read-kbd-macroin more detail?
read-kbd-macro function returns the internal Emacs
representation of a human-readable string (which is its argument).
(read-kbd-macro "C-c C-a") ⇒ [(control ?c) (control ?a)] (read-kbd-macro "C-c C-. <up>") ⇒ [(control ?c) (control ?.) up]
In GNU Emacs the same forms will be evaluated to what GNU Emacs
understands internally—the sequences
67108910 up], respectively.
The exact human-readable syntax is defined in the docstring of
edmacro-mode. I’ll repeat it here, for completeness.
Format of keyboard macros during editing:
Text is divided into words separated by whitespace. Except for the words described below, the characters of each word go directly as characters of the macro. The whitespace that separates words is ignored. Whitespace in the macro must be written explicitly, as in foo SPC bar RET.
- The special words RET, SPC, TAB, DEL, LFD, ESC, and NUL represent special control characters. The words must be written in uppercase.
- A word in angle brackets, e.g.,
<f1>, represents a function key. (Note that in the standard configuration, the function key
<return>and the control key RET are synonymous.) You can use angle brackets on the words RET, SPC, etc., but they are not required there.
- Keys can be written by their ASCII code, using a backslash followed by up to six octal digits. This is the only way to represent keys with codes above \377.
- One or more prefixes M- (meta), C- (control), S- (shift), A- (alt), H- (hyper), and s- (super) may precede a character or key notation. For function keys, the prefixes may go inside or outside of the brackets:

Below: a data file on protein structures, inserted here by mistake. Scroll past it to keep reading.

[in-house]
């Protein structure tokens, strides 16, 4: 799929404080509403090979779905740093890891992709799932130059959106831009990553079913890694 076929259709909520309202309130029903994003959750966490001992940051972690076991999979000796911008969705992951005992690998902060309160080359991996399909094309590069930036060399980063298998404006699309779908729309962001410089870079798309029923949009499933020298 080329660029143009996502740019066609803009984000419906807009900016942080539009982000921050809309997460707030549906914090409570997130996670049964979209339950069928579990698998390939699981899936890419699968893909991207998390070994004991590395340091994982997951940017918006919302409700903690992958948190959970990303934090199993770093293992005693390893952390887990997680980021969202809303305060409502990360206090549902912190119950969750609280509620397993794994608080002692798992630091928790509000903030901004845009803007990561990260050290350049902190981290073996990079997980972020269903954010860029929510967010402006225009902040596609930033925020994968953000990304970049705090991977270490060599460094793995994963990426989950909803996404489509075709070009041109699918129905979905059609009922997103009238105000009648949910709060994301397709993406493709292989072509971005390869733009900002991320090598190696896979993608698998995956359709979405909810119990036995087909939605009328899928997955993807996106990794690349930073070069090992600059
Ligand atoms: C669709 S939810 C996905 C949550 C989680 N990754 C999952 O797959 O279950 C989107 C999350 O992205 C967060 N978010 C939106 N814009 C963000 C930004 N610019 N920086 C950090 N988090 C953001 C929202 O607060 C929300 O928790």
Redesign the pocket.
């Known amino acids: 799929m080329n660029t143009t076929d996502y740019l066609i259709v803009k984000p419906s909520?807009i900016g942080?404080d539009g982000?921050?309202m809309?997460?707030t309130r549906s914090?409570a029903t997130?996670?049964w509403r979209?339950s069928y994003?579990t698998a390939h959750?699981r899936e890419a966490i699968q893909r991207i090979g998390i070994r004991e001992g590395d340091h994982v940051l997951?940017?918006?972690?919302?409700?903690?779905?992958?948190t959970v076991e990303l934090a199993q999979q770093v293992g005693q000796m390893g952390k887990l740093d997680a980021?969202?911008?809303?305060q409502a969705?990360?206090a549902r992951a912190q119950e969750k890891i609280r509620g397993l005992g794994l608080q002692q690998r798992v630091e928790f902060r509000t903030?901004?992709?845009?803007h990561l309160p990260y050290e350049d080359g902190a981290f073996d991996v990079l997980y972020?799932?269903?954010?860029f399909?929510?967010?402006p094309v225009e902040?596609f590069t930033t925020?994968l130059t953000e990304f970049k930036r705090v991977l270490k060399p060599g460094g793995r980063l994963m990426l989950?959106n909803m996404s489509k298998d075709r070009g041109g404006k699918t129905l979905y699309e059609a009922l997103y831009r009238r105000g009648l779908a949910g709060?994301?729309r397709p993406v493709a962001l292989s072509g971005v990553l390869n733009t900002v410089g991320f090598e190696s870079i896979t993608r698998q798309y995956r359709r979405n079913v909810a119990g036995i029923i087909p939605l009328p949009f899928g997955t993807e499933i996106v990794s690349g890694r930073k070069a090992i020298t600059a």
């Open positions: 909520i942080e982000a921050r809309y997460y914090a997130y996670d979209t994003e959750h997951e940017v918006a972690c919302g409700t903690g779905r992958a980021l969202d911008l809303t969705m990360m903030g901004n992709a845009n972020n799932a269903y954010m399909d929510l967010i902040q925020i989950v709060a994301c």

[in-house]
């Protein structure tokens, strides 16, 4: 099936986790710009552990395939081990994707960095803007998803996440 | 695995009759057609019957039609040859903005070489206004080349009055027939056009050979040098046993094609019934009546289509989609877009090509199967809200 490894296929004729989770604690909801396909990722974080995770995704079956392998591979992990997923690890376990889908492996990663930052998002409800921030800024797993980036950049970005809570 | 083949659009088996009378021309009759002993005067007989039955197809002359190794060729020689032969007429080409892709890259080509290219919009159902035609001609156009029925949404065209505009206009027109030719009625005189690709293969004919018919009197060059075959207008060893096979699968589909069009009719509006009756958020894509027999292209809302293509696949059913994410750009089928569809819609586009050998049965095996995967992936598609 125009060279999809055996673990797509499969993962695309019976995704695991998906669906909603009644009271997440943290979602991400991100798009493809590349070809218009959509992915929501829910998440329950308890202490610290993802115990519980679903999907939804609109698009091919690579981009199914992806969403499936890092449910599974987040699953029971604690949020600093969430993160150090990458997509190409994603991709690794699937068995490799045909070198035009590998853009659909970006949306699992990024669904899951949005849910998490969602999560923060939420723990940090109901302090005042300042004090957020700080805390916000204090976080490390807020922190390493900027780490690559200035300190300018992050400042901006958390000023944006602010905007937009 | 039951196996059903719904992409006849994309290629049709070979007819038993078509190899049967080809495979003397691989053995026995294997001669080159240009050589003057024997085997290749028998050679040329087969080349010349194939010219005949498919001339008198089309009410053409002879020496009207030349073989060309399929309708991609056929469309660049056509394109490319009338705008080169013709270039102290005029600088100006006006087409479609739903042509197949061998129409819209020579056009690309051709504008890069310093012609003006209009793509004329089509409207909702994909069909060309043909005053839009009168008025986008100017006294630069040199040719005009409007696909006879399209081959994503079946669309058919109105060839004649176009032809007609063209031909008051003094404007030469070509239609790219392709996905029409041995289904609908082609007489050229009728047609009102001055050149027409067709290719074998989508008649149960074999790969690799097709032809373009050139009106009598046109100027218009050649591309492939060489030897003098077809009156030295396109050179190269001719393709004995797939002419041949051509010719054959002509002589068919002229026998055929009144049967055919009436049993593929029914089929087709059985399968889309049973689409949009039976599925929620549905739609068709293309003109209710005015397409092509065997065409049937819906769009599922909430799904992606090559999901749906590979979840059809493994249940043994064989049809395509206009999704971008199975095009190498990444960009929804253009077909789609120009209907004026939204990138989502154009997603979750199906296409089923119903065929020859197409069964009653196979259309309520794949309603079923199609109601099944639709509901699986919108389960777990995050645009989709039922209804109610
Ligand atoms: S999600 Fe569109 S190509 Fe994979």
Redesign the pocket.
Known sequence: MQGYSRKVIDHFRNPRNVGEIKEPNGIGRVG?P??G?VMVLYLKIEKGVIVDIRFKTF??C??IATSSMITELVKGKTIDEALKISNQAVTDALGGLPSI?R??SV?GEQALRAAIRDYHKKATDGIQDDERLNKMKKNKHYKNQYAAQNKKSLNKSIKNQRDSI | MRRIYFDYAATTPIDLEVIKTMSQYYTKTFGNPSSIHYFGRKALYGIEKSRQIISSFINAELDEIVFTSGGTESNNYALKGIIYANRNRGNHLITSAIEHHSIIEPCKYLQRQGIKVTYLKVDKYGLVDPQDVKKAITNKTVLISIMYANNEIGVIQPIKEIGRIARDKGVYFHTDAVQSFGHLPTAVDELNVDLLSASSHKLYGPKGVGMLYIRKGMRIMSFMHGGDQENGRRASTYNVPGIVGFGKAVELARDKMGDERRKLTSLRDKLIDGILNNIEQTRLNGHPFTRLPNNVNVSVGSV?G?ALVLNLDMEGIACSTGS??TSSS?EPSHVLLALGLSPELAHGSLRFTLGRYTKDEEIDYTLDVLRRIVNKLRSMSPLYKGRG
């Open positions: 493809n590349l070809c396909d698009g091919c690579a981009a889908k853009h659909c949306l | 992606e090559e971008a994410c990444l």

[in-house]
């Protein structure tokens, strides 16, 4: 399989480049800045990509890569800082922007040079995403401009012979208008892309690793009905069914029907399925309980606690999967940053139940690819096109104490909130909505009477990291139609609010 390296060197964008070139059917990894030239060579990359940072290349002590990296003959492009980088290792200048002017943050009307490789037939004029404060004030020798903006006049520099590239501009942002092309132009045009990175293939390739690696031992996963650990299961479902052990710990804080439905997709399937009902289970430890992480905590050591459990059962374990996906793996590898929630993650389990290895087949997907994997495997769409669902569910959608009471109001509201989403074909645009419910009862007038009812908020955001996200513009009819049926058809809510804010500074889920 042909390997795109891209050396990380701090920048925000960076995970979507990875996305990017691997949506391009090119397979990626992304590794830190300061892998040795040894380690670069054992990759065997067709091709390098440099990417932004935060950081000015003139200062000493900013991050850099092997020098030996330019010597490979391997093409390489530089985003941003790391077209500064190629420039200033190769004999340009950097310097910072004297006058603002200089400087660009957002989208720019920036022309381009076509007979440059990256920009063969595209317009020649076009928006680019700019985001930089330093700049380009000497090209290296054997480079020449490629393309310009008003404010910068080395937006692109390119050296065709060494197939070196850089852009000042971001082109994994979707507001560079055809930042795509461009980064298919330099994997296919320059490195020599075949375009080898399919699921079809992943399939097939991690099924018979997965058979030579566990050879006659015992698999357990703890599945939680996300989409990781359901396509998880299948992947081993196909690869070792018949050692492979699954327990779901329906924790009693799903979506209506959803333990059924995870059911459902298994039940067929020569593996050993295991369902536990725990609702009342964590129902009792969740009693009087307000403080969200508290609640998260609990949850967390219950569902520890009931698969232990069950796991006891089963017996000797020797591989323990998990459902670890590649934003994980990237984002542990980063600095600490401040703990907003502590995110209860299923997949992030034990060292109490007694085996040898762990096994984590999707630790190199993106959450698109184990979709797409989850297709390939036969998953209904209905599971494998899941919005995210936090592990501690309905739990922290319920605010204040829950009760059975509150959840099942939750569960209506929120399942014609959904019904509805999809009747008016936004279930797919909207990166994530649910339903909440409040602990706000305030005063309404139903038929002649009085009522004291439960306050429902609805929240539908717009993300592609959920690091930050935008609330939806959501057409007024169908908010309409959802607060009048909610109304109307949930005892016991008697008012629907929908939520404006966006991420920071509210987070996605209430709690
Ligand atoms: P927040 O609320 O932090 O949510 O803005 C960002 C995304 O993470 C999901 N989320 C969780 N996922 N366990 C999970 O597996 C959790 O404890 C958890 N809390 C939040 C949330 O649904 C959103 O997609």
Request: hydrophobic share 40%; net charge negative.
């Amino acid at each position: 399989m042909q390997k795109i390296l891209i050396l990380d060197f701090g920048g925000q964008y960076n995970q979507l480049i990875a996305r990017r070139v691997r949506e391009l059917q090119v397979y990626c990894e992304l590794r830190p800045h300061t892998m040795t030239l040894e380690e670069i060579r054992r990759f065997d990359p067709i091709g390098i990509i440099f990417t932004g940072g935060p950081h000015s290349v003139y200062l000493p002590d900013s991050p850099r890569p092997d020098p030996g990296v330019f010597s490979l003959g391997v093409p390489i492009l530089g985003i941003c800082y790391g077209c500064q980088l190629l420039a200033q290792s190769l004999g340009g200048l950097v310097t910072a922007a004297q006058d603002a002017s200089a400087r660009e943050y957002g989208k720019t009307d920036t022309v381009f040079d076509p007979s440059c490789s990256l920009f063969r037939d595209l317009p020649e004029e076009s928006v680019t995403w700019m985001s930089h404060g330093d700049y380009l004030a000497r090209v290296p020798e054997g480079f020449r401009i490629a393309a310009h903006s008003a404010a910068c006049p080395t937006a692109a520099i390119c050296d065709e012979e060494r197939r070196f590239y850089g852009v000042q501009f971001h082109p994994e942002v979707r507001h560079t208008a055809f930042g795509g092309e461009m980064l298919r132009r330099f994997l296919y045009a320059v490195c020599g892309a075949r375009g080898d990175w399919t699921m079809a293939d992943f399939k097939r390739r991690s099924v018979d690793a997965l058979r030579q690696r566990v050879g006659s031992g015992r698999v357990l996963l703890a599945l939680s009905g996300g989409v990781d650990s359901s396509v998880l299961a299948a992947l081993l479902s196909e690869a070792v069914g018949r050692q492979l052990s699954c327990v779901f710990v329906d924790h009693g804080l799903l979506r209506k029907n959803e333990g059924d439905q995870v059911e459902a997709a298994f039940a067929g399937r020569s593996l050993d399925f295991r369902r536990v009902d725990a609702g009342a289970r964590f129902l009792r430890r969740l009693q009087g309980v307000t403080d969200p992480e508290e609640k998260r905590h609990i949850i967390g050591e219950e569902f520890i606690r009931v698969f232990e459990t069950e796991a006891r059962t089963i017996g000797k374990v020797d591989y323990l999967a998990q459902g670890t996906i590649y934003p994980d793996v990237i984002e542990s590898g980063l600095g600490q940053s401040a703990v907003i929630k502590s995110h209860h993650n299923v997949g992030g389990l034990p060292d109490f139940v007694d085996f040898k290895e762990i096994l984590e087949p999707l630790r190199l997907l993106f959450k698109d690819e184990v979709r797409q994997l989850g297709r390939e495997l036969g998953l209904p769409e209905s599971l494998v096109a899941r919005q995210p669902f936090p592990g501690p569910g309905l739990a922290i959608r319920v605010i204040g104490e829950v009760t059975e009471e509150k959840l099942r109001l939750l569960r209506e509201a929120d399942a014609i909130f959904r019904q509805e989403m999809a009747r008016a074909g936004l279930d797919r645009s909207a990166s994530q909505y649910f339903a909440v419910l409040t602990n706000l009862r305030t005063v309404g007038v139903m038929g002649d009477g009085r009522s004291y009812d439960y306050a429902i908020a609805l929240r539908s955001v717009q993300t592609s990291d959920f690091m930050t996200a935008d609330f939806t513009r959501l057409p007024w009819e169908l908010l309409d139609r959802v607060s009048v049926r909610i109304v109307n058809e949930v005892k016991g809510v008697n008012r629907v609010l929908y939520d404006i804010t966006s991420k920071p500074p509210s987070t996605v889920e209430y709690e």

<C-down>. The prefixes may be written in any order: M-C-x ≡ C-M-x.
Prefixes are not allowed on multi-key words, e.g., C-abc, except that the Meta prefix is allowed on a sequence of digits and optional minus sign: M--123 ≡ M-- M-1 M-2 M-3.
^notation for control characters also works: ^M ≡ C-m.
- Double angle brackets enclose command names:
<<next-line>>is shorthand for M-x next-line RET.
;;causes the rest of the line to be ignored as a comment.
Any word may be prefixed by a multiplier in the form of a decimal number and
<right> <right> <right>, and
Multiple text keys can normally be strung together to form a word, but you may need to add whitespace if the word would look like one of the above notations:
; ; ;is a keyboard macro with three semicolons, but
;;;is a comment. Likewise,
\ 1 2 3is four keys but
\123is a single key written in octal, and
< right >is seven keys but
<right>is a single function key. When in doubt, use whitespace.